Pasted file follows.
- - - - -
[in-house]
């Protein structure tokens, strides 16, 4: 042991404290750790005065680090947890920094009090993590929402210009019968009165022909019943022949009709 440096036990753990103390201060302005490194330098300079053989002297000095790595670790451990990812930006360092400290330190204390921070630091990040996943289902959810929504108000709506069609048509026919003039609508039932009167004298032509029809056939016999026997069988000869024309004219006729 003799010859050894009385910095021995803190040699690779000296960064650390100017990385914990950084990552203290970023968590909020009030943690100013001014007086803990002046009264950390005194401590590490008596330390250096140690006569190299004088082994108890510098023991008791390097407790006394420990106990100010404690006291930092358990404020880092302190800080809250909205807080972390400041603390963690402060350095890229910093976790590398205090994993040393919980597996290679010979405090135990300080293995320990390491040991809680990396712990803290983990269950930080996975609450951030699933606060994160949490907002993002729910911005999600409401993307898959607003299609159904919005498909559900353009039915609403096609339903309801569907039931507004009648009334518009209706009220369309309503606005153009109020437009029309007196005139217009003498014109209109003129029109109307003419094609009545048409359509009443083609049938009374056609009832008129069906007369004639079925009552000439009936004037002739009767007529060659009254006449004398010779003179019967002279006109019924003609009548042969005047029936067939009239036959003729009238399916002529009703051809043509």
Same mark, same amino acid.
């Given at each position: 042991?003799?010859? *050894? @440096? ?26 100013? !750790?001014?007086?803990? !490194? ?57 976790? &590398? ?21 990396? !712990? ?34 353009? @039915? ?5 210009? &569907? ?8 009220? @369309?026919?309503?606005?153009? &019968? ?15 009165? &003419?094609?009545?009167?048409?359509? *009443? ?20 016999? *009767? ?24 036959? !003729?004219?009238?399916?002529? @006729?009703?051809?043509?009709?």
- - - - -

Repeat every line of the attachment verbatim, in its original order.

[in-house]
């Protein structure tokens, strides 16, 4: 042991404290750790005065680090947890920094009090993590929402210009019968009165022909019943022949009709 440096036990753990103390201060302005490194330098300079053989002297000095790595670790451990990812930006360092400290330190204390921070630091990040996943289902959810929504108000709506069609048509026919003039609508039932009167004298032509029809056939016999026997069988000869024309004219006729 003799010859050894009385910095021995803190040699690779000296960064650390100017990385914990950084990552203290970023968590909020009030943690100013001014007086803990002046009264950390005194401590590490008596330390250096140690006569190299004088082994108890510098023991008791390097407790006394420990106990100010404690006291930092358990404020880092302190800080809250909205807080972390400041603390963690402060350095890229910093976790590398205090994993040393919980597996290679010979405090135990300080293995320990390491040991809680990396712990803290983990269950930080996975609450951030699933606060994160949490907002993002729910911005999600409401993307898959607003299609159904919005498909559900353009039915609403096609339903309801569907039931507004009648009334518009209706009220369309309503606005153009109020437009029309007196005139217009003498014109209109003129029109109307003419094609009545048409359509009443083609049938009374056609009832008129069906007369004639079925009552000439009936004037002739009767007529060659009254006449004398010779003179019967002279006109019924003609009548042969005047029936067939009239036959003729009238399916002529009703051809043509």
Same mark, same amino acid.
């Given at each position: 042991?003799?010859? *050894? @440096? ?26 100013? !750790?001014?007086?803990? !490194? ?57 976790? &590398? ?21 990396? !712990? ?34 353009? @039915? ?5 210009? &569907? ?8 009220? @369309?026919?309503?606005?153009? &019968? ?15 009165? &003419?094609?009545?009167?048409?359509? *009443? ?20 016999? *009767? ?24 036959? !003729?004219?009238?399916?002529? @006729?009703?051809?043509?009709?």